Ok, you've figured out who you are, you can manage a smile, so how do you get past that barrier that is set up by difference? Their fear of you, or your fear of THEM?

Be curious. Ask questions. Cultivate a desire to know, understand, and engage with the unknown. The unknown could be a person, a place, an event. It could be a verb or a noun.

Take courage. You do not have to change, and neither do they. You just have to find a place you are both comfortable. Repeat steps 1 through 3.

Wash. Rinse. Repeat.

Sunday, October 10, 2010

I’m Alive - Da*%!$-it!

I grew up in a place that reminded me regularly that I was a small part of a very gigantic picture. When the earth moves underneath your feet and takes everything attached with it (floors, cabinets, large trees) you feel powerless.

First it scares the crap out of you. Then you have a rushing sense of deep and overflowing gratitude. I’m alive!

(Manu Mohan)

I imagine it is the same with a flood, tornado, hurricane, volcanic eruption or any other major natural disaster. Any time nature exhibits its power, we are reminded of our status as guest, not host.

Funny how I never truly appreciated having to struggle with nature until now. Since living in Munich, where there seem to be very few struggles with nature (I won’t count the infrequent hailstorms or fruit flies) - I've been missing something.

At first it was a kind of lull - then complacency. Things are just dull.

There is no physical reminder to dislodge old (bad) habits, hard old shells that cover my brain and affect how I think. Nothing to wipe away ruts that I get stuck in. Nothing that forces me to feel alive!

Sad to think I have to be forced to do that. It is too easy to get stuck in the Mundane and Mediocre.


The other thing that natural disasters seem to do is bring people together. I remember a forest fire behind our house two years ago. There were helicopters dumping water from the nearby pond, and neighbors all around came out to look.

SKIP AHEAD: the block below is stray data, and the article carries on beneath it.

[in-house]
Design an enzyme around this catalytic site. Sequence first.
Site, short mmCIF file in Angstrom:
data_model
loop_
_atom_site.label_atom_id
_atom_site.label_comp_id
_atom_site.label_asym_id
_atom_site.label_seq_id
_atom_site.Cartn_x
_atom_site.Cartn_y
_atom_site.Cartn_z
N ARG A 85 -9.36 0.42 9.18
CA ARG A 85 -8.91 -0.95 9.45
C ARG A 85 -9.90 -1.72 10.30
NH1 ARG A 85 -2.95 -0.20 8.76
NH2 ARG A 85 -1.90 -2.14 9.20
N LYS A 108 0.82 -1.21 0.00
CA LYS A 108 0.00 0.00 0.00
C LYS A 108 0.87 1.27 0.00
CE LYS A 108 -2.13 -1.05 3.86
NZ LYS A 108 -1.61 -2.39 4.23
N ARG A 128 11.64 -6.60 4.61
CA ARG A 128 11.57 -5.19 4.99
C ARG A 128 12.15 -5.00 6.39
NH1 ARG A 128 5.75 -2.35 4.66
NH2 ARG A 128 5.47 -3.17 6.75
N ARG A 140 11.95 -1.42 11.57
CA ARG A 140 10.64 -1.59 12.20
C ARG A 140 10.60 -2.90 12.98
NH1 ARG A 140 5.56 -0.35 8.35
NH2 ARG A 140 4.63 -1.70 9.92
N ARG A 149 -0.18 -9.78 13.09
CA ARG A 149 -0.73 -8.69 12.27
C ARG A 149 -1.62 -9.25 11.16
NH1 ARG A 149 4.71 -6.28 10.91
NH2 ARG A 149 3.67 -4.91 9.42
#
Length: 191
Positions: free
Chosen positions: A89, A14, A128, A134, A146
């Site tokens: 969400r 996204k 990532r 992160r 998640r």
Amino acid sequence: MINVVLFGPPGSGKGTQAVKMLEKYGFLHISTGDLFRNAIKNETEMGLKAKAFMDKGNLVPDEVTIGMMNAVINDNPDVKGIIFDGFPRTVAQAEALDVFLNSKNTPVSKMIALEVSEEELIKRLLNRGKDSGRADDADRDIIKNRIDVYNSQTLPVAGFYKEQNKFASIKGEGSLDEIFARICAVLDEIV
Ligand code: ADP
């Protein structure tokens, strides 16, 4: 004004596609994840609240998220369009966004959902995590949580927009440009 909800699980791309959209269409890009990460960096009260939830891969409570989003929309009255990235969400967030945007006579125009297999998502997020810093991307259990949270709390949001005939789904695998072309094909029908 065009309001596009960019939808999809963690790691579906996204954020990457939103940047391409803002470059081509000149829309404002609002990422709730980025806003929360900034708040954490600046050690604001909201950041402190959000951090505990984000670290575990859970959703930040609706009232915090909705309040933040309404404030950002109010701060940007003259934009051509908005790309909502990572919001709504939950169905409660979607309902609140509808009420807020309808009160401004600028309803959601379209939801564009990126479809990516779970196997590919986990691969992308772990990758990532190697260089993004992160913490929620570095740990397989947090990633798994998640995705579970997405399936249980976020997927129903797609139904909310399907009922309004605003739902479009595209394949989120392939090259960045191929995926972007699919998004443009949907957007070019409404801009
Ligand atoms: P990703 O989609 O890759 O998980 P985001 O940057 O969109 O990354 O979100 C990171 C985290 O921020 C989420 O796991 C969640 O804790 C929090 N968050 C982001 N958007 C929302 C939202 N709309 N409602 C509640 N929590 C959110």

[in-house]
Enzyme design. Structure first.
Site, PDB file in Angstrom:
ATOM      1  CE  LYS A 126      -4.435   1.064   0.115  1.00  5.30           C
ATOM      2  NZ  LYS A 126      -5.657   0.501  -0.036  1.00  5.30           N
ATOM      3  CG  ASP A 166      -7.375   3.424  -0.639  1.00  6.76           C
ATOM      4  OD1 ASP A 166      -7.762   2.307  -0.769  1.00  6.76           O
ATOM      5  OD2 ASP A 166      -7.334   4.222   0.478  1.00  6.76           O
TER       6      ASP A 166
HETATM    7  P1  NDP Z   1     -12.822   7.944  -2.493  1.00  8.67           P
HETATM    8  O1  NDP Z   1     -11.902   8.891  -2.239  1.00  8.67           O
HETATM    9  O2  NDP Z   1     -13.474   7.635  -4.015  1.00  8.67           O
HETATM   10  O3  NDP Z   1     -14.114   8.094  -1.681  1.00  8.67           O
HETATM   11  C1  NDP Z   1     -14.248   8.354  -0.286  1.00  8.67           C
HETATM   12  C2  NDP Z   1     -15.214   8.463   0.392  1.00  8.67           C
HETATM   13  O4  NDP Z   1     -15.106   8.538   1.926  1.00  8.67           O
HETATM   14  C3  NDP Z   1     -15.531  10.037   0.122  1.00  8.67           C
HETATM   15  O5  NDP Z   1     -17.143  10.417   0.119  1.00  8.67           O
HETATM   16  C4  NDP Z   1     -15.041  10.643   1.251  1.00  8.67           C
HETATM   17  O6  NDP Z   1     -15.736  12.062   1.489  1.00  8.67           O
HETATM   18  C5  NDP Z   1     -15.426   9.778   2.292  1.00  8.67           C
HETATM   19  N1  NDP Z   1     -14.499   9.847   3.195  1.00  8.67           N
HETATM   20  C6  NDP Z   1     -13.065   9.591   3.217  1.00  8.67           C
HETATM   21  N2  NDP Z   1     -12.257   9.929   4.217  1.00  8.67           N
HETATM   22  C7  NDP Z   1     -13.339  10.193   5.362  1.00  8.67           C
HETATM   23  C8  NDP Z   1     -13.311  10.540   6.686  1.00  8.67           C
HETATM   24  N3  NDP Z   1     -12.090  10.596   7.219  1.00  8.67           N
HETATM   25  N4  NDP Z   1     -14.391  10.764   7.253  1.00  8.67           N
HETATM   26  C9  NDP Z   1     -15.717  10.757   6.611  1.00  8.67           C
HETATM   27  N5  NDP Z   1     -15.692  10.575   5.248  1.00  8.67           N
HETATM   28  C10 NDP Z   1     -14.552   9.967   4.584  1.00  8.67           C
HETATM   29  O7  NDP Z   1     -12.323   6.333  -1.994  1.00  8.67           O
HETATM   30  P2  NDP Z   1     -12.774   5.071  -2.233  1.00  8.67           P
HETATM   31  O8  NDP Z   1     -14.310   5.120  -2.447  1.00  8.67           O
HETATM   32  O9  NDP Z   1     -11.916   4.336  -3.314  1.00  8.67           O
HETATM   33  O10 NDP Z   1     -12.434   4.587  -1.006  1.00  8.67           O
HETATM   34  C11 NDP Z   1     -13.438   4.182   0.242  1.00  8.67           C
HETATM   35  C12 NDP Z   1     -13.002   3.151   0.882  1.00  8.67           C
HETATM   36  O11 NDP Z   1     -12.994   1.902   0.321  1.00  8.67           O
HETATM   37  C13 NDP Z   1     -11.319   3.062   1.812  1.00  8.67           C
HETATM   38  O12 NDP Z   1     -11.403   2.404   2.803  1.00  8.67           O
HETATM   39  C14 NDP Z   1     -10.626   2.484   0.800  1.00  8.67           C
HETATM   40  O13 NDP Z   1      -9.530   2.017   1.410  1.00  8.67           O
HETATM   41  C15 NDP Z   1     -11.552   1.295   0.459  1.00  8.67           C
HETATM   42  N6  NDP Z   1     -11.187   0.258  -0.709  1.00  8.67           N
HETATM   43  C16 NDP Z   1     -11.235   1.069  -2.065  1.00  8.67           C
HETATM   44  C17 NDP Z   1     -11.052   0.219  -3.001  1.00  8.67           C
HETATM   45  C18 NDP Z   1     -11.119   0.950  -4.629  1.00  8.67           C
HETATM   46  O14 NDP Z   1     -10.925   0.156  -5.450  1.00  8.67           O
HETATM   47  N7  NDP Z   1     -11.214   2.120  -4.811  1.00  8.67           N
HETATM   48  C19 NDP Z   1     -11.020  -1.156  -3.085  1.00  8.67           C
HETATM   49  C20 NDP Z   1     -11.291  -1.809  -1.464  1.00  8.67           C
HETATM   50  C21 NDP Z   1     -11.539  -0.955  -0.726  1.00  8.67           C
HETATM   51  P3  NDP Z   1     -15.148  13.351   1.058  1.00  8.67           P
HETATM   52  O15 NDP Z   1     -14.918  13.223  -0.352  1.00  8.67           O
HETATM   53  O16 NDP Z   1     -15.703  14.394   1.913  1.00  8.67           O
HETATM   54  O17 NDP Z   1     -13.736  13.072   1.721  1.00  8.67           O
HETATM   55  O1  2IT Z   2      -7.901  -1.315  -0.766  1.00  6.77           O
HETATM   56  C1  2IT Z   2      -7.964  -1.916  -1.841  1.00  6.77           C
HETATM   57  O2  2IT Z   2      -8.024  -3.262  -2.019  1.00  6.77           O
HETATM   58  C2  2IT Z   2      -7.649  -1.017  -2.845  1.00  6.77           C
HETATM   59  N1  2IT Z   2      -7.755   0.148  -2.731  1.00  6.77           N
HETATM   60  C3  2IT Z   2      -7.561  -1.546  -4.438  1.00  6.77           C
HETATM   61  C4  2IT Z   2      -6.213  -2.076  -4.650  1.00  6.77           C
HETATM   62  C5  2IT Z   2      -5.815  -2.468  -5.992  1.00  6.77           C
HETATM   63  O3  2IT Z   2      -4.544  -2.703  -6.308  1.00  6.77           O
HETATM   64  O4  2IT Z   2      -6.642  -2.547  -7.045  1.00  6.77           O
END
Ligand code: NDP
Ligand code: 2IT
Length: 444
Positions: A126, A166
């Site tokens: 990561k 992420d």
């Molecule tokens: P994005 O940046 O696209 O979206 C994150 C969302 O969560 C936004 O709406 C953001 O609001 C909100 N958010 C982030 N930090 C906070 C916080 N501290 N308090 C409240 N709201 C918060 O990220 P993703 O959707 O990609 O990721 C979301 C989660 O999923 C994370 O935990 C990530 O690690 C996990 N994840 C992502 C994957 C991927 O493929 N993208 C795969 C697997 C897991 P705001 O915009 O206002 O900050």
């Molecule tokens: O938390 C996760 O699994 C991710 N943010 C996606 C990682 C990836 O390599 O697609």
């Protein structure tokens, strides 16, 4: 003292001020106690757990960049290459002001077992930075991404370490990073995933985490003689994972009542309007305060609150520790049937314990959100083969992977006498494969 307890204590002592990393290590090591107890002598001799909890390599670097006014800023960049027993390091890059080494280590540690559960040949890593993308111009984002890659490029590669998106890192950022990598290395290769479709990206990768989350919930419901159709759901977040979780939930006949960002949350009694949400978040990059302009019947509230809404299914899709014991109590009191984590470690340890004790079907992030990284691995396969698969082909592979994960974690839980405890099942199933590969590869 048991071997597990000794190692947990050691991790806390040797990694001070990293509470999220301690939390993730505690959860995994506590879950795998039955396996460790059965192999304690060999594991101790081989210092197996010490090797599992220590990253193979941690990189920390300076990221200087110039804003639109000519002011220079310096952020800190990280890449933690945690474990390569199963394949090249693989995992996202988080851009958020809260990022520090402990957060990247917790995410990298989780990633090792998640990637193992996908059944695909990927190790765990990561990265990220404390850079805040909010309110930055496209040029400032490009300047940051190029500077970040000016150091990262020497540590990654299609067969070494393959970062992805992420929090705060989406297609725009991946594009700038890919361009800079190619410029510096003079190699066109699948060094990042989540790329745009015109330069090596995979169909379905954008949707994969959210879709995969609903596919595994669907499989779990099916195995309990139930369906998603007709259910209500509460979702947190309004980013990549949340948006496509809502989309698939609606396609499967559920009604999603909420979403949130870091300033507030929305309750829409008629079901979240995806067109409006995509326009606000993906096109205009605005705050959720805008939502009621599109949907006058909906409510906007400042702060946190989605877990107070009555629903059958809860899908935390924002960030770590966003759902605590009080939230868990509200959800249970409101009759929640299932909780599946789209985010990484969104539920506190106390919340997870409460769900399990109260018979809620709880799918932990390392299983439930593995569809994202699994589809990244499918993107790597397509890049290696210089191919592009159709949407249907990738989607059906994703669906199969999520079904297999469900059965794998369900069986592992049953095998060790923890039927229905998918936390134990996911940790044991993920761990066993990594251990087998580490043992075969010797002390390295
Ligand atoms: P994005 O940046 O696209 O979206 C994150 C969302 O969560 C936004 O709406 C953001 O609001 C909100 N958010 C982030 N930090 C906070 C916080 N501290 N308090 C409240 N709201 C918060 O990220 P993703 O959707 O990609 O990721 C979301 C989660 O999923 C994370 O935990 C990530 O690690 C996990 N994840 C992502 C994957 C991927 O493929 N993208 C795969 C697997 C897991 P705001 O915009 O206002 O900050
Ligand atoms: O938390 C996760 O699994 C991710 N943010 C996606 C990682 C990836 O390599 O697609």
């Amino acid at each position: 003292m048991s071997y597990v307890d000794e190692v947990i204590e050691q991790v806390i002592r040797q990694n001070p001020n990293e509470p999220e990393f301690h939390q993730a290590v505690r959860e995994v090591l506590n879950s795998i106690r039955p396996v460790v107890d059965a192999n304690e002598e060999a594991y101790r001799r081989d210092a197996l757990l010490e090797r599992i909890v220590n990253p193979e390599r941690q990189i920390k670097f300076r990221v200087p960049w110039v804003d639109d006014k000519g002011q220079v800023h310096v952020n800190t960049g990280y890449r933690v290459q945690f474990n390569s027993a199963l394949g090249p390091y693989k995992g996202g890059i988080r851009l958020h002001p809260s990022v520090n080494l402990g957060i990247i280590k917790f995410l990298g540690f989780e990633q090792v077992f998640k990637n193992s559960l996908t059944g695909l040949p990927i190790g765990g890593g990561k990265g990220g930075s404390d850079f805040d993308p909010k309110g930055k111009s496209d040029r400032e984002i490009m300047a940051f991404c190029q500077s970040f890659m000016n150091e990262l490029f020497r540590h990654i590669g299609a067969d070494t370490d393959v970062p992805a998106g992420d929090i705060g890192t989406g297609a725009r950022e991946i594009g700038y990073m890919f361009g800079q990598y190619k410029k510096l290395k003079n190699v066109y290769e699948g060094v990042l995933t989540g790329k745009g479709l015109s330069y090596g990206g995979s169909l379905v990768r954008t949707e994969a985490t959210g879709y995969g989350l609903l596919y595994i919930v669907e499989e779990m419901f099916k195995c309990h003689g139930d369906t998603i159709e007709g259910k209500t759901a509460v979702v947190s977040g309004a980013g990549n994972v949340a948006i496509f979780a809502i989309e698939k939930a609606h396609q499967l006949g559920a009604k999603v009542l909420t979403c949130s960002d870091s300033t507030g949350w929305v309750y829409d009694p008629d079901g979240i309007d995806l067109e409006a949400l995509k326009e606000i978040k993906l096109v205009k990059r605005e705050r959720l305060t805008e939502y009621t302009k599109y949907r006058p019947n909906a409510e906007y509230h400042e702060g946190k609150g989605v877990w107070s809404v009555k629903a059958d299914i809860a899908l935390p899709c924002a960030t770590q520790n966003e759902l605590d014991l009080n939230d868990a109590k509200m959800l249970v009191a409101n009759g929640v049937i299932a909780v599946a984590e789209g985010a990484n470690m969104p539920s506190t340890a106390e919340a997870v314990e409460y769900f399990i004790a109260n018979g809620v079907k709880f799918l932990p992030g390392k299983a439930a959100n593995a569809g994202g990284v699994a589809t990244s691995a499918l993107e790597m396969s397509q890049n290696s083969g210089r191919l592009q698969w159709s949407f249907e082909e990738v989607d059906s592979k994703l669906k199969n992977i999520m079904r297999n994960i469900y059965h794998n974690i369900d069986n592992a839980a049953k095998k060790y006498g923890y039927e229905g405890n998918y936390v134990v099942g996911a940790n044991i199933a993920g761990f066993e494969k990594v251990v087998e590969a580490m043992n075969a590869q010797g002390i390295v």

Bikers stopped to look and I got to meet neighbors that I had been living next to for more than a year – and had never seen before. There was concern for the folks living next to the forest and a few of us helped them spray their roof and move furniture. Luckily it came to nothing, and I have not seen some of those people since.

For a moment there was a feeling of caring, coming together, connection. People felt necessary, lucky.

Perhaps that is the biggest reminder – not to take things for granted. And as much as I dislike hearing about the struggles or those who survive a natural disaster, I do envy their wake-up call.

Friday, October 1, 2010

Jumping Fences

I was recently walking in the rain through a park with a friend. I forget what we were talking about, probably just unloading, and she said something that stuck with me.

‘I hate it when others chose my boundaries.’

I asked her what she meant and she explained that she did not like it when her husband, or anyone else, told her what the standard shoulds and shouldn’ts are and how they Must Be Maintained.

(Pedro Rama)

It was not that she did not believe in a total lack of boundaries or rules, but there seemed to be so many rules that had Served Their Purpose and were still being held on to, for no apparent reason.

We agreed that when we get to choose which boundaries we maintain there is a greater sense of focus and power. When society decides, based on tradition or obligation, our energy gets sapped and our attitude heads south too.

We get angry, resentful, frustrated. Am I hitting anyone’s “YES!” button?

Surprisingly enough, a lot of this rule following (and I am not talking about things set up to keep us safe, like stopping at red, or not stealing), is self-imposed.


We often set up fences based on an assumption that THAT is what we are supposed to be doing. I am of working age, I have my degree in marketing, that is what I am supposed to do the rest of my life. Or, I am the eldest, it is my job to be taking care of my aging parents. Or, I am the mom and wife, I should be getting all the laundry done and feeding the dog because no one else will do it if I don’t.

But you see, there is always a choice. There is always a way to redefine something.

The marketing degree, for example. So what if you wake up one day and realize you did it because that’s what made your parents happy? Ask yourself what makes you happy. Is it the people part, the research part, or the creative problem solving part? Those can be found in LOTS of other careers.

And if you are the eldest, all that means is you should continue to have the power and intelligence to convince younger siblings to contribute to your parents’ care. Either with money, or time, or other ideas.